The pre-text—what happens before the workday begins, including the morning routine and daily commute—plays a major role in determining your client’s work performance. I have found that the single most important element in a client’s pre-text is their home life – especially their family situation. According to the Holmes & Rehe stressor scale (Holmes TH, Rahe RH (1967). “The Social Readjustment Rating Scale”. J Psychosom Res 11: pp 213–18) family elements account for eight of the top ten items, including (being married coming in at seventh).
Techniques a client might use to boost resilience to stress include:
⦁ Building role distinction. When at home, your client should make an effort to focus on his identity as a partner, spouse and/or parent instead of bringing work home.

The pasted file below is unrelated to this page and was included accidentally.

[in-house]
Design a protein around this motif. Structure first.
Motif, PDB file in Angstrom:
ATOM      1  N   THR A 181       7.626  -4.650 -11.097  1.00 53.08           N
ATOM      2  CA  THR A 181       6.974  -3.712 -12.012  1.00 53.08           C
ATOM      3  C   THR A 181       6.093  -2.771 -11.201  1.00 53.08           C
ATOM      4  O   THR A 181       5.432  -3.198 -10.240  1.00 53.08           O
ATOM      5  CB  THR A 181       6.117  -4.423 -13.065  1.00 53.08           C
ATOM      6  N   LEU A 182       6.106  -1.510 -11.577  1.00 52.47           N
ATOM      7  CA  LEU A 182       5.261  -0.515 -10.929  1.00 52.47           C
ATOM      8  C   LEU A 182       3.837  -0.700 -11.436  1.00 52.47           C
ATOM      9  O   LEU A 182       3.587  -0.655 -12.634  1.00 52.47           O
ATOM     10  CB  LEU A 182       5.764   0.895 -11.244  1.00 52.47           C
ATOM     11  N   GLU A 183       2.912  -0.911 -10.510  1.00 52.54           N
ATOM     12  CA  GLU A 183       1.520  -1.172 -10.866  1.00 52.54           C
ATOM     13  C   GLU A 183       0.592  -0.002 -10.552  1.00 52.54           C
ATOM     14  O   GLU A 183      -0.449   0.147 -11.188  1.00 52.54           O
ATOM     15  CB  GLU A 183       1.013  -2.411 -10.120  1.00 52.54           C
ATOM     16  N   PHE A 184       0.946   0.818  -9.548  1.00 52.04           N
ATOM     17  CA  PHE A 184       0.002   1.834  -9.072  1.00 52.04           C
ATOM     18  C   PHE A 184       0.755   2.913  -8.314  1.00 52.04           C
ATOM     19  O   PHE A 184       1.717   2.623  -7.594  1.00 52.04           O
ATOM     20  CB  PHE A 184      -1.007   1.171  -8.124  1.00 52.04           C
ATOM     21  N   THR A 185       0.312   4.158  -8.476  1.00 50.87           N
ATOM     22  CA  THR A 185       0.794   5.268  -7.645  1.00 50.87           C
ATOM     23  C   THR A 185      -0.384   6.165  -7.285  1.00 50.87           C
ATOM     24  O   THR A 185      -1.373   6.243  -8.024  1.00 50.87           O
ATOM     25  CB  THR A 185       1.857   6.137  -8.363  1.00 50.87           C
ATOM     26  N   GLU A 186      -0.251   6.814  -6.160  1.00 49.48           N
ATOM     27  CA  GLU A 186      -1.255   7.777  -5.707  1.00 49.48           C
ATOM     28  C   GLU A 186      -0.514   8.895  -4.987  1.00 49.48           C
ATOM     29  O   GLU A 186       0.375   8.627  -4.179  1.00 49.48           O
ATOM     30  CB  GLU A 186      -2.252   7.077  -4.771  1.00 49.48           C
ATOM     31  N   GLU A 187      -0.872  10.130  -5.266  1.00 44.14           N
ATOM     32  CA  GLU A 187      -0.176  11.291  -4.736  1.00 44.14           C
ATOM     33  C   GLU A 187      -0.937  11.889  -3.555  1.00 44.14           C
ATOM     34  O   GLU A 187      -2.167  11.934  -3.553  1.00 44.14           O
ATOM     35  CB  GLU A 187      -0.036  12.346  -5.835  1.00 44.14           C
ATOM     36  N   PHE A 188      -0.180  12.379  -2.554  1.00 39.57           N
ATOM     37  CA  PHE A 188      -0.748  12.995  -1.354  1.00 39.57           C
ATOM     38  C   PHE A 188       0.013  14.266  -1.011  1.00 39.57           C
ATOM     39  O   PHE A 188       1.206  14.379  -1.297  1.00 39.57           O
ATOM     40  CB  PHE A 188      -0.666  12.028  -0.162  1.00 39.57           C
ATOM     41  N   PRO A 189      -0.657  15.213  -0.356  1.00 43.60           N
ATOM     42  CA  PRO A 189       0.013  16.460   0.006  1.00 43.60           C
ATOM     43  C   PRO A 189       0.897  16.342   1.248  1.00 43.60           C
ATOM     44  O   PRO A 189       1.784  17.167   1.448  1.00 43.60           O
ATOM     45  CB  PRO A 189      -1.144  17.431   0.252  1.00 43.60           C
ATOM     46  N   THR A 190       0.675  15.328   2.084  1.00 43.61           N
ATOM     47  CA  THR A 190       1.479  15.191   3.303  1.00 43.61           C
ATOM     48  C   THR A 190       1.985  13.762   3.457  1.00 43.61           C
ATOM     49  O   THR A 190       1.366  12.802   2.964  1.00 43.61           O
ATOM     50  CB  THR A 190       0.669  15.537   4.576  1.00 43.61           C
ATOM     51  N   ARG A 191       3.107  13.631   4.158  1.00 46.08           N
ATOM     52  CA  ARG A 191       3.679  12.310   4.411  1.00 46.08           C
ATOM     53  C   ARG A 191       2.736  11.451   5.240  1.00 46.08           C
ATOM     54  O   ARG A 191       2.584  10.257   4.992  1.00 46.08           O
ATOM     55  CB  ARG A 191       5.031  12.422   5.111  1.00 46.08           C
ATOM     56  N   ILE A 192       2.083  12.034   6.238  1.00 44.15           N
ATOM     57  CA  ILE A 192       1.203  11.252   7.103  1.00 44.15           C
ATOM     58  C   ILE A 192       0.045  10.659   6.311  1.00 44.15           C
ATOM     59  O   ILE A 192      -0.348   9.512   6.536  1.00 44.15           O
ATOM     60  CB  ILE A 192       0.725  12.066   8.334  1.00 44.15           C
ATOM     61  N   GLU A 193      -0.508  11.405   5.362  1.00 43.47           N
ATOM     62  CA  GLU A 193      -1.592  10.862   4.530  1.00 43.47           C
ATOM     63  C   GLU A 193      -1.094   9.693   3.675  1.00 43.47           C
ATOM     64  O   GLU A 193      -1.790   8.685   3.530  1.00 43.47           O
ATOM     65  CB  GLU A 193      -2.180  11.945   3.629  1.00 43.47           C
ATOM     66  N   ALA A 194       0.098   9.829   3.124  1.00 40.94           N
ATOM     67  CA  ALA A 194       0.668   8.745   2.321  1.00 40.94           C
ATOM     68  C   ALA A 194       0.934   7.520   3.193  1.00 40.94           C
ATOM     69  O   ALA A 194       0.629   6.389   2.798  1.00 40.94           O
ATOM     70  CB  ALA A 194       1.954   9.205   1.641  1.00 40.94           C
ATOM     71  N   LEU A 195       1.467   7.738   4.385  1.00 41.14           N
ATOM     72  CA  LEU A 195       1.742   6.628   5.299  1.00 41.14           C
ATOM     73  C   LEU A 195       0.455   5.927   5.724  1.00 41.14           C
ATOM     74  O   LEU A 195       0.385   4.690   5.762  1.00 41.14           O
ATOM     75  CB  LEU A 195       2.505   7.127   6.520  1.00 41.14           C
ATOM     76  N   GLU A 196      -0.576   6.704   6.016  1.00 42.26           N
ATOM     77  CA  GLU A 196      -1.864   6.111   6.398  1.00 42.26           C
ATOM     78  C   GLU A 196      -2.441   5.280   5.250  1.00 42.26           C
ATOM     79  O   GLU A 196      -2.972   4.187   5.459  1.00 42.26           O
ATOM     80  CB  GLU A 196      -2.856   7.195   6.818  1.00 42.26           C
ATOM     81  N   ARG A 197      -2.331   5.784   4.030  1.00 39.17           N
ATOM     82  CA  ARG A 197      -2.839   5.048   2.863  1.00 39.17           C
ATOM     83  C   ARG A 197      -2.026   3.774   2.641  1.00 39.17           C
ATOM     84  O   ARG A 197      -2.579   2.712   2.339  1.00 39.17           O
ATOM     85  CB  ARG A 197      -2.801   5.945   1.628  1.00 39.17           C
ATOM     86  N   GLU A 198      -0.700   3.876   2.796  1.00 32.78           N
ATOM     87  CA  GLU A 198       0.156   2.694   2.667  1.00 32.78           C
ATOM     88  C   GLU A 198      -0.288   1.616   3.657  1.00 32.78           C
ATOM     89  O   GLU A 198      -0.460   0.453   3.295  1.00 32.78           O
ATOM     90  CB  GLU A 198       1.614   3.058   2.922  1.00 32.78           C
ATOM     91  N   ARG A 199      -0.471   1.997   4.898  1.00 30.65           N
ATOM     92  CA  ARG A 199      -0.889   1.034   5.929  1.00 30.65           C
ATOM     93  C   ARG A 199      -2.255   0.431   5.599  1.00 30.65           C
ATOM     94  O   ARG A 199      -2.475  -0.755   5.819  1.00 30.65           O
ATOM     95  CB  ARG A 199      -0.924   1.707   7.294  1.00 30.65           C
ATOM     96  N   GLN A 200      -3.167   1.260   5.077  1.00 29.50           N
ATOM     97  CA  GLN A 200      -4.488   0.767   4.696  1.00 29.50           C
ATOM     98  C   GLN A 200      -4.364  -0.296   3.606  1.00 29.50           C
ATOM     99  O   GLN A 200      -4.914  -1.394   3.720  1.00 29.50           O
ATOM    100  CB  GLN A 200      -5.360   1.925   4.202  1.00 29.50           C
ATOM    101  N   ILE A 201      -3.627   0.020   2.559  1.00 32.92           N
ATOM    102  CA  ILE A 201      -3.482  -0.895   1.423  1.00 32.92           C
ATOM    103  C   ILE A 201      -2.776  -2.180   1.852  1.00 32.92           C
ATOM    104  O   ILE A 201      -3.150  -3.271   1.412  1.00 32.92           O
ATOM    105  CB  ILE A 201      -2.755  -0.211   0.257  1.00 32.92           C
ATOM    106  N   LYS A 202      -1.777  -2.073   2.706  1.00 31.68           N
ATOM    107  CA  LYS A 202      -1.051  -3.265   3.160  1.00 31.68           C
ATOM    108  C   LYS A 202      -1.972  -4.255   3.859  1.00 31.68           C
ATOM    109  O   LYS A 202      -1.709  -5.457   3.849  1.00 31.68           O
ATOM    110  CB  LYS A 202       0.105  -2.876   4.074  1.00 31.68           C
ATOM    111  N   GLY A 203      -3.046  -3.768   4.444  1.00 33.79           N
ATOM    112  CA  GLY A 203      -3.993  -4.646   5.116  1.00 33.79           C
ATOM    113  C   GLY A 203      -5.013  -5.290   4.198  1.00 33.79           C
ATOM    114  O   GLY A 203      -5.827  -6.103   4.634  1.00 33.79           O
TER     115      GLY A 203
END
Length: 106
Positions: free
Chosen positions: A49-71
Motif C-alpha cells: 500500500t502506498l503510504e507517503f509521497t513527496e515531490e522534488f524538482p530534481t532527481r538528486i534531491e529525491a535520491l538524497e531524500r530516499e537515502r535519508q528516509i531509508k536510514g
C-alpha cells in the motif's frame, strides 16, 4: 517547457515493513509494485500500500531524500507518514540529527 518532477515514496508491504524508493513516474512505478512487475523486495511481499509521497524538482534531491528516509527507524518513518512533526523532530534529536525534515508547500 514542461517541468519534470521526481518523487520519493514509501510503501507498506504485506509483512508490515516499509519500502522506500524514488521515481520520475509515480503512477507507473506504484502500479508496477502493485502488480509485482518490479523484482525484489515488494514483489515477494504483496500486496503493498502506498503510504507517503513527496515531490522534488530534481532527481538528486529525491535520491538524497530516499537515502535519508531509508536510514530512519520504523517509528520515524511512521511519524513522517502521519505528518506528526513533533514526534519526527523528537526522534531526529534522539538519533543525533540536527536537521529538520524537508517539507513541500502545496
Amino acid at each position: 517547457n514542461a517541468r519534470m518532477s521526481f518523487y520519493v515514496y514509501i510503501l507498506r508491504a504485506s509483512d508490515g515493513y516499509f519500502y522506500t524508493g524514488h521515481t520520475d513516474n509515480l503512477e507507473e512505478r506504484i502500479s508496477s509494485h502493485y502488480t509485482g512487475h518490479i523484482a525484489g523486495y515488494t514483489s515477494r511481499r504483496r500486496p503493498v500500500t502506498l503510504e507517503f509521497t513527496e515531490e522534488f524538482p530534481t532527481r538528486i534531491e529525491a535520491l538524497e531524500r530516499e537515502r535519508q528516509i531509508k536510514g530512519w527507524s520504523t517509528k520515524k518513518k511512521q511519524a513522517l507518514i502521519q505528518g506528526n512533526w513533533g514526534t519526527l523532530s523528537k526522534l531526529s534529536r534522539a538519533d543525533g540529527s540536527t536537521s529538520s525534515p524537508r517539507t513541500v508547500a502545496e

⦁ Being fully present at work. Taking personal calls during the workday can decrease resilience to stress
⦁ Maintaining good physical health. Support your clients in planning to eat more healthfully and exercise for at least 30 minutes daily.
Consider how stressful the workplace itself is. Each job is different: Consider that in 2013, CareerCast.com’s annual survey of the least- and most-stressful jobs identified university professor and jeweler as two of the lowest-stress professions. On the other end of the spectrum were careers in military service, firefighting and law enforcement.
Techniques for improving coping mechanisms include:
⦁ Developing boundaries. Your client needs to know when to say yes and when to say no.
⦁ Recognizing the signs of stress. Coach clients to recognize warning signs of stress, such as increased heart rate, distraction and sweating when stationary. Taking regular breaks or making time for a longer walk during the workday can help keep stress at bay.
⦁ Learning mindfulness. Separate self from activity and performance.